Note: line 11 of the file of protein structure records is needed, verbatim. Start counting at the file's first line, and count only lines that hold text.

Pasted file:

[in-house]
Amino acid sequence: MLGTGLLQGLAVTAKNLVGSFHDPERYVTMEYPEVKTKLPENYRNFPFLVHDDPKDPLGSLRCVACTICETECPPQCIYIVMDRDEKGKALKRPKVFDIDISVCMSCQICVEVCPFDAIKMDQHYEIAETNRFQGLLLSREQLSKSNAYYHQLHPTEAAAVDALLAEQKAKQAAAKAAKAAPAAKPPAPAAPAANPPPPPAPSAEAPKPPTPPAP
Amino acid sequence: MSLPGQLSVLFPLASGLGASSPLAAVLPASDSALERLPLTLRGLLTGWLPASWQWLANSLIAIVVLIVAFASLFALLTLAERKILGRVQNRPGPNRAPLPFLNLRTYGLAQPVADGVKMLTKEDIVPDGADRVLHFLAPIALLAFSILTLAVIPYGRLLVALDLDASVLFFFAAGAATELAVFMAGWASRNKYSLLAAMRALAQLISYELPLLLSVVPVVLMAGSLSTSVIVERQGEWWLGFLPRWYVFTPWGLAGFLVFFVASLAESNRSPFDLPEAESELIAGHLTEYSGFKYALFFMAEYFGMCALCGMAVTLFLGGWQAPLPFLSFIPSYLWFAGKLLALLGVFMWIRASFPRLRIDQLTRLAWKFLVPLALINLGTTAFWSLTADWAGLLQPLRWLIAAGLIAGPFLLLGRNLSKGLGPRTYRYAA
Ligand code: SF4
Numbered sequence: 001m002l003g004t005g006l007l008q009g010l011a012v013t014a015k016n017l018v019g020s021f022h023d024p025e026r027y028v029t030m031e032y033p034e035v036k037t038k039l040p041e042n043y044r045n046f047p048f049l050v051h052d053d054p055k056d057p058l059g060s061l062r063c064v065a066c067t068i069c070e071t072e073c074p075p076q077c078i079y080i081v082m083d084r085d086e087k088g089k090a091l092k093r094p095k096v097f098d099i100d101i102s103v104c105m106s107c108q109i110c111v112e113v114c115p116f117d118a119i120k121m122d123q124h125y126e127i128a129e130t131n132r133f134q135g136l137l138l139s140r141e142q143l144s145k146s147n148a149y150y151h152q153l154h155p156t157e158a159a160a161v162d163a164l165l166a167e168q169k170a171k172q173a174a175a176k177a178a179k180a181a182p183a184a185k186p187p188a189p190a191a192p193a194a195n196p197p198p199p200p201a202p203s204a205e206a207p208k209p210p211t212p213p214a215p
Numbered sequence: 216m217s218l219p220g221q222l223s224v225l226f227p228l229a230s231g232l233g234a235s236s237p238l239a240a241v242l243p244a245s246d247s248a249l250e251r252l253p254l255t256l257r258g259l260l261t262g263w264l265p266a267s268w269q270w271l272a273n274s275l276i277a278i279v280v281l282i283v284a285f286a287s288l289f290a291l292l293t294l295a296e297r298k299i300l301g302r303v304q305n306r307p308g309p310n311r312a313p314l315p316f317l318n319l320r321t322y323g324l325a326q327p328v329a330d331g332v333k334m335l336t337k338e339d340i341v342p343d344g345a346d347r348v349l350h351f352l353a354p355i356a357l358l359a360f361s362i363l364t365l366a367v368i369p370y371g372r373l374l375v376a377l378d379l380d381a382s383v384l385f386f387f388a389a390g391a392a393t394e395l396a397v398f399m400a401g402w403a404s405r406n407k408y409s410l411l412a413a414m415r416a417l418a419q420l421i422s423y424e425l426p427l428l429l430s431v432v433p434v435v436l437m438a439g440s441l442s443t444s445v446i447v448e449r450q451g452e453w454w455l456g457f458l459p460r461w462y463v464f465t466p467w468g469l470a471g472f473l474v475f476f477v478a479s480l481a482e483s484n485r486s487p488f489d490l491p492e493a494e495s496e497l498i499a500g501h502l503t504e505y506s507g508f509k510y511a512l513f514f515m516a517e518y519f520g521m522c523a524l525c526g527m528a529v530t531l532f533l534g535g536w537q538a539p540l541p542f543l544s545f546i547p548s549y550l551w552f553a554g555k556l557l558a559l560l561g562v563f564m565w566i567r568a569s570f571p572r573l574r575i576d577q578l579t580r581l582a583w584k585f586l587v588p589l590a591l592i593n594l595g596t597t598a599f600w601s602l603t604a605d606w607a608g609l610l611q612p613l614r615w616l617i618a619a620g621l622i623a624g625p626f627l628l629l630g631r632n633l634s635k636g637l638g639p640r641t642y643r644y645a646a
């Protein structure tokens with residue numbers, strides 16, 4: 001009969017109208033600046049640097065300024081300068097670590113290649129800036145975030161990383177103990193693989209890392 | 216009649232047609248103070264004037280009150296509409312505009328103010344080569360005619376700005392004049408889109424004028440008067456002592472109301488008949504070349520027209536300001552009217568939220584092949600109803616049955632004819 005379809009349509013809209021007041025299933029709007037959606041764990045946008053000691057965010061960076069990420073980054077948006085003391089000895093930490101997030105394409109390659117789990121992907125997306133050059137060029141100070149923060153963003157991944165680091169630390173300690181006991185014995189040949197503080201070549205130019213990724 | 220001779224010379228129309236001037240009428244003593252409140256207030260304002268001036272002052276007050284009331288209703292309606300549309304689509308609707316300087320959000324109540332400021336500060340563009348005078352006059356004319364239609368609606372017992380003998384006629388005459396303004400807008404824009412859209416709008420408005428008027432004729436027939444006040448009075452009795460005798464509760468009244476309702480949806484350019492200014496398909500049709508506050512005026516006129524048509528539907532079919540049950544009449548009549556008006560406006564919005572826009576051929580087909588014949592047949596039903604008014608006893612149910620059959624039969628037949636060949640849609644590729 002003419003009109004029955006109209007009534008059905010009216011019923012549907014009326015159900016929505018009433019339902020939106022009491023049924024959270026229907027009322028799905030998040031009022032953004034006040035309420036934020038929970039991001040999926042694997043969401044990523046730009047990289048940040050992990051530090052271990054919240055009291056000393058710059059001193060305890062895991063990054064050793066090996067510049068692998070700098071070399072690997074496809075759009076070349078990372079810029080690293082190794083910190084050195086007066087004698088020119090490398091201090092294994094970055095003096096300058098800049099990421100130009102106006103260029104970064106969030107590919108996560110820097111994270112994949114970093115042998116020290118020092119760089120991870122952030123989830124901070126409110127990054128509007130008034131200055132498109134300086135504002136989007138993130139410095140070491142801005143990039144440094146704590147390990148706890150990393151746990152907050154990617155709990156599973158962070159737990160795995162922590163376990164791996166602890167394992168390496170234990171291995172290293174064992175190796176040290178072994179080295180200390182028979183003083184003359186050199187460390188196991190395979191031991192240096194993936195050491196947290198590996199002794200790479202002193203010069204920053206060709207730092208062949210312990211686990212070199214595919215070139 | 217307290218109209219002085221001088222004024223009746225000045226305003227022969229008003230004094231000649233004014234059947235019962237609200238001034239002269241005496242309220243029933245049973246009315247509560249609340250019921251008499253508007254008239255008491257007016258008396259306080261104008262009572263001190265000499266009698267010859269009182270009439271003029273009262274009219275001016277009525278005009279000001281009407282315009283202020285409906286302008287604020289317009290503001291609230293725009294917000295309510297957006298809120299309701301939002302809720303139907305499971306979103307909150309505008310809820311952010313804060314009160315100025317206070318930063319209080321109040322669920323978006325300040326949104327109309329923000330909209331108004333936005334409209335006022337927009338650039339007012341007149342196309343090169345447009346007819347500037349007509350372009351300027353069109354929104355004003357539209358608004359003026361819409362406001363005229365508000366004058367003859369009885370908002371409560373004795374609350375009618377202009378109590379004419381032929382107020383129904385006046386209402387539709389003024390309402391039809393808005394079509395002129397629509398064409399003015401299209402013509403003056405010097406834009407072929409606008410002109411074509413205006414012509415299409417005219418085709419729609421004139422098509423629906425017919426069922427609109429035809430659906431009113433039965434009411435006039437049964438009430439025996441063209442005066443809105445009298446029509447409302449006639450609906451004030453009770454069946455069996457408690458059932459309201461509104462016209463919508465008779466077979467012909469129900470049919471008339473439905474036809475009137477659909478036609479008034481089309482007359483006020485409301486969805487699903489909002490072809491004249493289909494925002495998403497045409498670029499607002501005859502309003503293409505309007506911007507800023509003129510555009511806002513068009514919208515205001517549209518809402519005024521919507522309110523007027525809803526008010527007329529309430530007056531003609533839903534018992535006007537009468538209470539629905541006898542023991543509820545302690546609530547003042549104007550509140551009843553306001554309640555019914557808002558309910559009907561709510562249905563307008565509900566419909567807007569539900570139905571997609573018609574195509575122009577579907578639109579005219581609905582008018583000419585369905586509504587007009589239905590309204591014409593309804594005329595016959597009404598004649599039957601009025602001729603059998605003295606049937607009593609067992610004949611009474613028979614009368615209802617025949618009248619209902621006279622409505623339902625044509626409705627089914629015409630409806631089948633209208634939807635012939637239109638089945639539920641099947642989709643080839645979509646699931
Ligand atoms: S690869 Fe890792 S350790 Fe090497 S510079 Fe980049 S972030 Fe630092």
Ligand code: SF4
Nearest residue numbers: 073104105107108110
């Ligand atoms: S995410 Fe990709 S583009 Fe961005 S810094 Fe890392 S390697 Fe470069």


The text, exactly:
């Ligand atoms: S995410 Fe990709 S583009 Fe961005 S810094 Fe890392 S390697 Fe470069």